We have often seen people panicking at the end of the month. They check their bank account balance to ensure they maintain the required monthly balance in order to avoid a penalty. Because, let’s face it - who likes paying penalty fees, even when we know we’re in the wrong? People even borrow money temporarily from their friends and family to maintain this balance, just to repay the amount back on the second day of the subsequent month.
And, loopholes have consequences. Banks lost a lot of money from such penalties. They had less money to invest and lend (even though the savings account balances form less than 5% of the cash available with the banks for investment, it is still a significant sum).
It took a while, but the Indian banking system finally caught up to this practice. Most of the banks have now adopted a model that requires their customers to maintain an ‘average periodical balance’. The period can be monthly, quarterly, or semi-annual.
For example — Axis Bank offers various savings bank account options for the public — Easy Access Savings Account (requiring monthly average balance of ₹ 10,000 for urban and metro locations while ₹ 5,000 for semi-urban and rural), Prime Savings Account (requiring monthly average balance of ₹ 25,000 for urban and metro locations while ₹ 15,000 for rural and semi-urban), Prestige Savings Account (requiring quarterly average balance of ₹ 75,000 across all locations and maintain ₹ 3,00,000 including Term Deposits for a minimum of 6 months).
This is a real turning point for the banking system. Customers can no longer get away with maintaining next to none bank balances for 29 days and then deposit the required amount at month end.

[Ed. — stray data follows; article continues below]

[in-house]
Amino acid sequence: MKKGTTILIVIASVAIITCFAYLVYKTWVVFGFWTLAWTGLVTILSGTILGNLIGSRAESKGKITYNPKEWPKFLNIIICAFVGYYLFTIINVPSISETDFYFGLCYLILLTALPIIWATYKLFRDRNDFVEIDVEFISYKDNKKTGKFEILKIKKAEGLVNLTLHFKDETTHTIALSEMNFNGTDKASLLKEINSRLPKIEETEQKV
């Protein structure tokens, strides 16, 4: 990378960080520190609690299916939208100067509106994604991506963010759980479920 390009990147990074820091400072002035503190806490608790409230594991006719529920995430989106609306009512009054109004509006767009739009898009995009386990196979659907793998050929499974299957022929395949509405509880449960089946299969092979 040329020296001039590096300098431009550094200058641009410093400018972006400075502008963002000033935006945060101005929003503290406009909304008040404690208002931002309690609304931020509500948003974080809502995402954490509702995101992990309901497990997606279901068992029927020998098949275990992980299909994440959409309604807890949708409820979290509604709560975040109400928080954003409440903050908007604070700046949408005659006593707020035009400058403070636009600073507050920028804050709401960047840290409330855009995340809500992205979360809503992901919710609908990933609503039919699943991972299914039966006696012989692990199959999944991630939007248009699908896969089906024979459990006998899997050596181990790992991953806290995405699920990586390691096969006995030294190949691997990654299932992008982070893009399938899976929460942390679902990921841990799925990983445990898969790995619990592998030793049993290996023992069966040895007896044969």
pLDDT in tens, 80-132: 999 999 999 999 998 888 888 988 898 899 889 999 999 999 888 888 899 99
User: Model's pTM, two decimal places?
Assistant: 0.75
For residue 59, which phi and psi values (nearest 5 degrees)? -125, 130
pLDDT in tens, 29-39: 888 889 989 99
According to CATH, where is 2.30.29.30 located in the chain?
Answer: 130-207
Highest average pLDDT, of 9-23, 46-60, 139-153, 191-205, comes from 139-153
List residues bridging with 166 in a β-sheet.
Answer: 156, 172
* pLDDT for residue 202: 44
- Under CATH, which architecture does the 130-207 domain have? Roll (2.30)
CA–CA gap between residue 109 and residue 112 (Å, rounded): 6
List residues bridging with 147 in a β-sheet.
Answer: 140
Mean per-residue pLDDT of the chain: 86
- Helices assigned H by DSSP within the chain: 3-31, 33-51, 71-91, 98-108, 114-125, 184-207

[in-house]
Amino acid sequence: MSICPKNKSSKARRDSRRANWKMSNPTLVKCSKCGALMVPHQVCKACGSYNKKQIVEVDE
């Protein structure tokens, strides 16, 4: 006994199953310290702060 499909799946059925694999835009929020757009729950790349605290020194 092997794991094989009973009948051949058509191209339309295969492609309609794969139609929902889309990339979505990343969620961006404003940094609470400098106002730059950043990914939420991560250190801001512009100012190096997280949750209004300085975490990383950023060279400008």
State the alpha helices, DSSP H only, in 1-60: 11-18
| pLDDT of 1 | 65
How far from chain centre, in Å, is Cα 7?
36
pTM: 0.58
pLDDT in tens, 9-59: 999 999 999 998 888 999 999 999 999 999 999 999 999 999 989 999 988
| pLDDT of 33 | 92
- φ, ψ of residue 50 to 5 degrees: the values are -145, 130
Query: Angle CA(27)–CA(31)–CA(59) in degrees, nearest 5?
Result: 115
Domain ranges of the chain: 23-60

This practice also brought along a positive outlook to the loan processing ability for all the lenders in the markets, since customers could now show higher bank balances, which directly increases the credit worthiness of a customer. Furthermore, it has led to the introduction of micro-lending with many new start-ups leading the way in MSME lending and other forms of lending using technology and automation.
This change brings two major advantages to the economy: firstly, the additional burden of managing empty bank accounts has reduced since consumers have started consolidating all their savings into a single account. Secondly, the issue of India being a “cash economy” eased up and helped in transformation into a “digital economy”, since customers were encouraged to maintain their savings with banks, which has brought forward a huge opportunity for UPI transactions, which recorded an all-time high of over billion monthly transactions very recently.
To ease things up, the banks kept a few options functional where the traditional concept of ‘month-end’ balance requirement is necessary. For an economy like India, this is a required exception since not everyone can maintain the balance needed on a regular basis. This showed a proactive and positive change in the Indian banking system, which has helped all the relevant parties to earn better income from the assets at their disposal. For example, Axis Bank’s Basic Savings Account (as part of Pradhan Mantri Jan Dhan Yojana) offers its customers the option to maintain zero balance in their accounts. This flexibility ensures that banking and financial services are accessible to everyone.